Robert Swift revisits the Emerging Markets conversation in light of recent foreign exchange developments.
We wrote recently that Emerging Markets were especially dangerous for Australian based investors. We include the link to that article here.
We revisit that so soon because emerging markets and some emerging market currencies have been hit hard by what we feared – a reassessment of the sustainability of inward capital flows.
Since July there has been a serious sell off in many emerging market currencies but most notably in the countries which are heavily indebted. This currency sell off has also included the Australian $ which is effectively a currency always likely to move in line with that of other heavily indebted countries. We show the relative currency performance of selected currencies against the US$ since our previous article in the bar chart below. As we thought, the A$ fallen in line with other currencies from heavily indebted countries such as Turkey. Notably the Chinese currency, the Rmb, has been more resilient and outperformed the A$ and the Indian Rupee; everyone’s favourite emerging market currently.
We also show the extent to which Australia is heavily reliant on foreigners for capital. This is what concerned us two months ago. Years of current account deficits have resulted in a reliance on foreigners’ to provide capital. This is always likely to make the Australian $ vulnerable to a sell-off, at exactly the same time as other (emerging market) currencies decline. This is what makes certain emerging markets a bad investment decision for Australians.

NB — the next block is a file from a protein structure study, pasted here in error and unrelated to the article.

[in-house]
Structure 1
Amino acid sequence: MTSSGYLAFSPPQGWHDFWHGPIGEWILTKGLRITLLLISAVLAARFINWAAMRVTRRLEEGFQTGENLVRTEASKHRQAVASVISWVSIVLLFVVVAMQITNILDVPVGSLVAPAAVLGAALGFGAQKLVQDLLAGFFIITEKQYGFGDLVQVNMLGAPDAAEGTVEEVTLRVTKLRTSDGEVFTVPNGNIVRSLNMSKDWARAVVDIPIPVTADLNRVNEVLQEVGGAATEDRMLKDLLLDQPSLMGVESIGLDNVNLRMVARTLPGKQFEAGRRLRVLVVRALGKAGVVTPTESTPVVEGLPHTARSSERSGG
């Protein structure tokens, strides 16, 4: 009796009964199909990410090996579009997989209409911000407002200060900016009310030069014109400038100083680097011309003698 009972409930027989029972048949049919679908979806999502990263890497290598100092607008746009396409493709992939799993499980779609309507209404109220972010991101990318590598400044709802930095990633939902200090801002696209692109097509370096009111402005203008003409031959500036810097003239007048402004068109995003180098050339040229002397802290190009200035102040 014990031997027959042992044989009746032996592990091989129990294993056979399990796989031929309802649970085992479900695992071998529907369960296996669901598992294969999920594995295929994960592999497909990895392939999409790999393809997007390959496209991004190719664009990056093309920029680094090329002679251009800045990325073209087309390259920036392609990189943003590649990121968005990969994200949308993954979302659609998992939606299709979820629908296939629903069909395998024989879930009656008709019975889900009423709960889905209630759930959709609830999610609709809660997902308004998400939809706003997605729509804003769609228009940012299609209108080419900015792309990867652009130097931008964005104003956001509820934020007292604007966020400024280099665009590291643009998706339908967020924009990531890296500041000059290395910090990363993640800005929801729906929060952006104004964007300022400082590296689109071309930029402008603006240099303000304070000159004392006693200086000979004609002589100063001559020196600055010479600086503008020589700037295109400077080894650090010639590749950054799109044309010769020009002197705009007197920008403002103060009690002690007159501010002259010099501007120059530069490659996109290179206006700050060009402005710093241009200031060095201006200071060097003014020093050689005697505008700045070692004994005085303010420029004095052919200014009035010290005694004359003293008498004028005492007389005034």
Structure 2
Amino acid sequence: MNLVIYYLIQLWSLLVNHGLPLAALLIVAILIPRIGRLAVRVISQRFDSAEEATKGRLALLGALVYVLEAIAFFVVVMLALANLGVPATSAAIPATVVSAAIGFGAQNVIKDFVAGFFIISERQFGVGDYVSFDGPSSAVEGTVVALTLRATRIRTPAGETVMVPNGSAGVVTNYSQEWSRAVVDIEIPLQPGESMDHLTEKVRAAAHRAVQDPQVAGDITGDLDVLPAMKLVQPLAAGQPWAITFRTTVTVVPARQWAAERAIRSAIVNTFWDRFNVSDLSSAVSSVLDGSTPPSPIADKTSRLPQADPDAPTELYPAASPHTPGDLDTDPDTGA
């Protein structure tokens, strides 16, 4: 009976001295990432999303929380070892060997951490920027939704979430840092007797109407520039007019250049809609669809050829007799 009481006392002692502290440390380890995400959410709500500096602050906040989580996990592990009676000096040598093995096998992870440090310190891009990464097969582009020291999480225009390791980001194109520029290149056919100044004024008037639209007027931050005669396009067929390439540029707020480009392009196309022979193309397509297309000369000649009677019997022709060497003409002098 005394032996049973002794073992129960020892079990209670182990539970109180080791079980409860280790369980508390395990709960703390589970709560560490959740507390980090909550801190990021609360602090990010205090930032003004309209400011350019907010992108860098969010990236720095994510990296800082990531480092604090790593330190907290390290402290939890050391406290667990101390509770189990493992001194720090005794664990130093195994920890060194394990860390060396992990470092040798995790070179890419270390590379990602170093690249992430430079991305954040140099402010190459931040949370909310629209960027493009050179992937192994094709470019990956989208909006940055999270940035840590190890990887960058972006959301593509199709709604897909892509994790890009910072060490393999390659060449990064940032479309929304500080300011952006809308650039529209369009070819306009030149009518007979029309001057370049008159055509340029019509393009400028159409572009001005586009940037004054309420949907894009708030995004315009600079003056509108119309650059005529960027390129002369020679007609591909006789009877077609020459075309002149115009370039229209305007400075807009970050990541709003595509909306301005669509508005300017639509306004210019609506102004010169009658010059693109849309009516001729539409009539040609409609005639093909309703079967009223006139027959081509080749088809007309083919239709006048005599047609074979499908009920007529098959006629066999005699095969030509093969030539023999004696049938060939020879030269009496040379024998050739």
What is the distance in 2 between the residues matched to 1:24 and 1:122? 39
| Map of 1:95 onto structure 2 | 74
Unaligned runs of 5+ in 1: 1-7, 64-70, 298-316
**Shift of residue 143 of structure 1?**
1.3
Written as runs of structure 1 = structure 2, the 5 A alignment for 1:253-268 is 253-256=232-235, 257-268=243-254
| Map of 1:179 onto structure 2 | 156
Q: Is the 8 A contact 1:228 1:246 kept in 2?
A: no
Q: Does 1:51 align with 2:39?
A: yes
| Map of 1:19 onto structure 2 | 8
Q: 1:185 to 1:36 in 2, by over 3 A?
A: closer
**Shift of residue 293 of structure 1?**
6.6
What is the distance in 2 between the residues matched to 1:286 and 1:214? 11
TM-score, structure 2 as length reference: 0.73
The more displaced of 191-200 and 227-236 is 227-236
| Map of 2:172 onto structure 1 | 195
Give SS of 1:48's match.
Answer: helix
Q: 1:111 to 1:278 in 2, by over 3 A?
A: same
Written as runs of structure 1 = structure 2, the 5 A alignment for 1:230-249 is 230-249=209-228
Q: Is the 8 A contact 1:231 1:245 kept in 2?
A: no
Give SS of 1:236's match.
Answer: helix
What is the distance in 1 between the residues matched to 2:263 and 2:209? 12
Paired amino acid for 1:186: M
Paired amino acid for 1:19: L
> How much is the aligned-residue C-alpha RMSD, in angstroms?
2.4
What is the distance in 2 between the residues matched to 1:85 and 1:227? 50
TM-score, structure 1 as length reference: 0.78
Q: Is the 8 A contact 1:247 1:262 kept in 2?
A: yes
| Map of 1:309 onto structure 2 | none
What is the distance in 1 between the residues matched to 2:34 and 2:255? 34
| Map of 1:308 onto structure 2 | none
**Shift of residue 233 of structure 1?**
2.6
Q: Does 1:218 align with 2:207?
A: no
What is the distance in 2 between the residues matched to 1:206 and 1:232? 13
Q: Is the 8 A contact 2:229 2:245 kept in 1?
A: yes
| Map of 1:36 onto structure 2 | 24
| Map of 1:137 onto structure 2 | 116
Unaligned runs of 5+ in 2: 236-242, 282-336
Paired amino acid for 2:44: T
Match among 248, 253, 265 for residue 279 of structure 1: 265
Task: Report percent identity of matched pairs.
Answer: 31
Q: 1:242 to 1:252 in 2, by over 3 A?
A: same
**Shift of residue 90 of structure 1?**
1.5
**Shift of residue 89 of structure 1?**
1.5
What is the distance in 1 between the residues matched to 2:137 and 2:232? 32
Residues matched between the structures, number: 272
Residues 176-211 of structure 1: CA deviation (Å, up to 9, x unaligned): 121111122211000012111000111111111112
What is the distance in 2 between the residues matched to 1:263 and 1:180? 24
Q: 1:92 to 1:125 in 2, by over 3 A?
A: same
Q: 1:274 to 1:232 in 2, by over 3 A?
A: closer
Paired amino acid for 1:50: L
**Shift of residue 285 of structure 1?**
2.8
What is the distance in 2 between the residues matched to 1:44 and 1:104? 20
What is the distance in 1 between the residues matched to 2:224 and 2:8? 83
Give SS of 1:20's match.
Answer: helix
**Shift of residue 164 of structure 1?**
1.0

Note how Australia’s negative Net International Investment Position is as parlous as Turkey’s. It is no coincidence that the Yen, backed by a Japanese economy which is NOT a debtor nation, but a creditor nation, has been resilient against the US$ and the A$.
To a lesser extent so has the Rmb been one of the stronger emerging market currencies.
We now expect inflation to accelerate rapidly in the countries which have seen these large currency declines. This will not be helpful. We were, and are, mystified by those people who believe we need inflation to ‘return’ for the health of the global economy. We really don’t believe it will be helpful at all!
If you care to re-read what we wrote about this, then this is attached via this link here.
Markets & Commentary
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